Question about 1999 Plymouth Voyager
Van runs and drives fine. no start in morning dead battery,festarts after a jump and running and driving
Make sure your fan belt is correctly tensioned .If so,remove one battery lead and with every thing switched off tap the battery lead on the battery teminal.If you see sparking this will indicate a voltage draw on the battery . My guess is that you probably need a new battery.Take it to a battery sales place and let them check it for you.
Posted on Apr 20, 2013
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Posted on Jan 02, 2017
SOURCE: possibly wiring issues
With the indulgence of ginko.
I have to agree on your supposition that the current problem is an electrical, however, the initial "check engine soon light" indicates engine/mechanical problems.
The first corrective move would then be to restore the car to that initial state and thereafter work on the "check engine soon light".
Course of action suggested:
Hope this be of initial help/idea. Pls post back how things turned up or should you need additional information.
Good luck and kind regards. Thank you for using FixYa.
Posted on Aug 14, 2008
SOURCE: 1992 Voyager won't start
The first thing I try if this happens when I am around, is to press the accelerator pedal all the way to the floor to let the engine gulp air.
Often, especially after an engine is warm, it gets too much fuel, which can gag the plugs and prevent them from firing.
Providing too much air, dries them out and often a stalled or stubborn engine will start.
Hard starting of a warm engine can also occur if it was turned off fairly hot and the cooling fan switch has failed. In many vehicles this switch will either keep the fan running after the ignition is turned off, or restart in response to the normal rise in block temperature due to stored heat heating the coolant after there is no circulation. The failure of this fan to run for few minutes after the engine is stopped can also expose a tendency toward vapor lock. Vapor lock occurs in a fuel line too close to hot engine components and the liquid gasoline goes to a gaseous state forming a bubble in the line momentarily that can block the flow of gas.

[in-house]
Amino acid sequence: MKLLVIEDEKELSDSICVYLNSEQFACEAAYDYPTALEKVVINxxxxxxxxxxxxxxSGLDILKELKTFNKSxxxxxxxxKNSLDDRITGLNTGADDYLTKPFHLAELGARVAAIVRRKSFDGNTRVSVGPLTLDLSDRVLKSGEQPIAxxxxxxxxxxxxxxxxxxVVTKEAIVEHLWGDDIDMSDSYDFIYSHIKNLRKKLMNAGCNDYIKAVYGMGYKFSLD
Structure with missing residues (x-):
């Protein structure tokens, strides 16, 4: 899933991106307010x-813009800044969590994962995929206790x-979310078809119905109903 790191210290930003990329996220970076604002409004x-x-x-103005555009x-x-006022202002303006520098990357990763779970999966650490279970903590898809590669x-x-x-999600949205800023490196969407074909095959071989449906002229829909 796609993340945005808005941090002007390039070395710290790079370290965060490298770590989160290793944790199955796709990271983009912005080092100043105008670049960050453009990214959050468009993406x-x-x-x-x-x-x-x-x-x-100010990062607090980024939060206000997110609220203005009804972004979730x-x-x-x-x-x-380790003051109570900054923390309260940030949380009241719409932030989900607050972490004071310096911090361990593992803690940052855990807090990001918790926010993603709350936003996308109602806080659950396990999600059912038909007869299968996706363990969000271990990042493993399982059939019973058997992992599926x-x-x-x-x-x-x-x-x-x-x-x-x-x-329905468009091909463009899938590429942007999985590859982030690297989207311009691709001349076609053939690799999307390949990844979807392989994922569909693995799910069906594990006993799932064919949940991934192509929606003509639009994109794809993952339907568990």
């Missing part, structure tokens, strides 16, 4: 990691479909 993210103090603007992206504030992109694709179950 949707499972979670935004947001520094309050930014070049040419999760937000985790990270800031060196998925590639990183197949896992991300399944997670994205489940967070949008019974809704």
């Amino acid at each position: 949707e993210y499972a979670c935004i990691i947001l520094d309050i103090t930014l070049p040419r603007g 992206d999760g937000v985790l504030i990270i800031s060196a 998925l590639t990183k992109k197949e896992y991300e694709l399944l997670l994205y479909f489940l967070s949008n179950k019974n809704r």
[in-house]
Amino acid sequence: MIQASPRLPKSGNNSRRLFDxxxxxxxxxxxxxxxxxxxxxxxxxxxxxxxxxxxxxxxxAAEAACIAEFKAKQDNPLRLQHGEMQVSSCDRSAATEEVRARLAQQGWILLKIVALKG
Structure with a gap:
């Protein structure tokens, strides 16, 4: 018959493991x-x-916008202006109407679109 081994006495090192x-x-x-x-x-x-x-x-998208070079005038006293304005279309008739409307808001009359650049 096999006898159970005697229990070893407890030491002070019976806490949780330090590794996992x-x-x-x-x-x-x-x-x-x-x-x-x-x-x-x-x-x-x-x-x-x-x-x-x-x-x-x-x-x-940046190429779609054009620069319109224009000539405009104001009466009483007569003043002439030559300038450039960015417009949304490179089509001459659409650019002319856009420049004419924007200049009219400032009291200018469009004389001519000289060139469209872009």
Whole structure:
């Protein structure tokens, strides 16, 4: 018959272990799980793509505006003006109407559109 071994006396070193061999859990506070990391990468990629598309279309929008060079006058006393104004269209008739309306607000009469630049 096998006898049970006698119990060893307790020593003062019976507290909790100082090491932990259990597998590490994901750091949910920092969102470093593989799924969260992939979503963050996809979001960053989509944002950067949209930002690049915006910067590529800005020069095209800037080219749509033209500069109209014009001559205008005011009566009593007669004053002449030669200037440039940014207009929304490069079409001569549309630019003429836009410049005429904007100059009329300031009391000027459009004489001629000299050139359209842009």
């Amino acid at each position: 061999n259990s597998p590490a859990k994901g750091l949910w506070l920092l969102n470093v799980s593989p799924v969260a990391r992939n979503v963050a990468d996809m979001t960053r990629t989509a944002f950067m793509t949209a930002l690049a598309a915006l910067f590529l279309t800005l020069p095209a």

Other points to check if the above doesn't apply: pull any spark plug lead and position it near a chassis ground point and have someone turn the key while you watch to see if there is any spark at all. If there isn't, several items could be at fault; ignition module, the ECU, a failed high voltage lead from coil to distributor (if these are present in your car), a failed ignition switch, ballast resistor (if present).
If the engine uses an electric fuel pump, it may have failed. If the engine has fuel injection, there is normally a valve on the fuel rail (which may be capped) that can be depressed like a tire valve to see if fuel in present in the fuel rail and under some pressure.
Posted on Jan 12, 2009
Just a shot in the dark here. Mikuni carbs were problamatic on that engine. I remember them well. They had internal vacuum leaks and diapragm leaks just like you describe. I dont kn ow if you can get it any more but the fix used to be a new reman carb. they were not rebuildable. But I always wondered why you coul not have a base plate adapter made by a machine shop to adapt any other simpler carb to it? as long as your cfm rating was the same--ya know? Like take a holley 2 barrel off a k-car and adapt it on. Anyway I hope I helped. But that is what it sounds like. Carb replacement. Thanks
Posted on Apr 06, 2009
sounds like the electrolyte levels in your battery are extremely low which will cause it to not hold a charge except over the day when the alternator is constantly recharging it, ask a mechanic to either top it up or buy a new battery
Posted on Jun 25, 2009
I have no idea about the factory alarm resetting itself, but I DO have experience with having someone leave lights on and jumping the battery the wrong way. Unless you are 100% positive this is no the case, make sure it was not fried on the jump. If the cables were crossed, you might have some wires, therefore rendering your on-board computers to ****. =) Good Luck.
Also, contact a dealer via PHONE (so they can not trick you into being charged by looking at your van) in regards to factory alarm.
Posted on Mar 10, 2010
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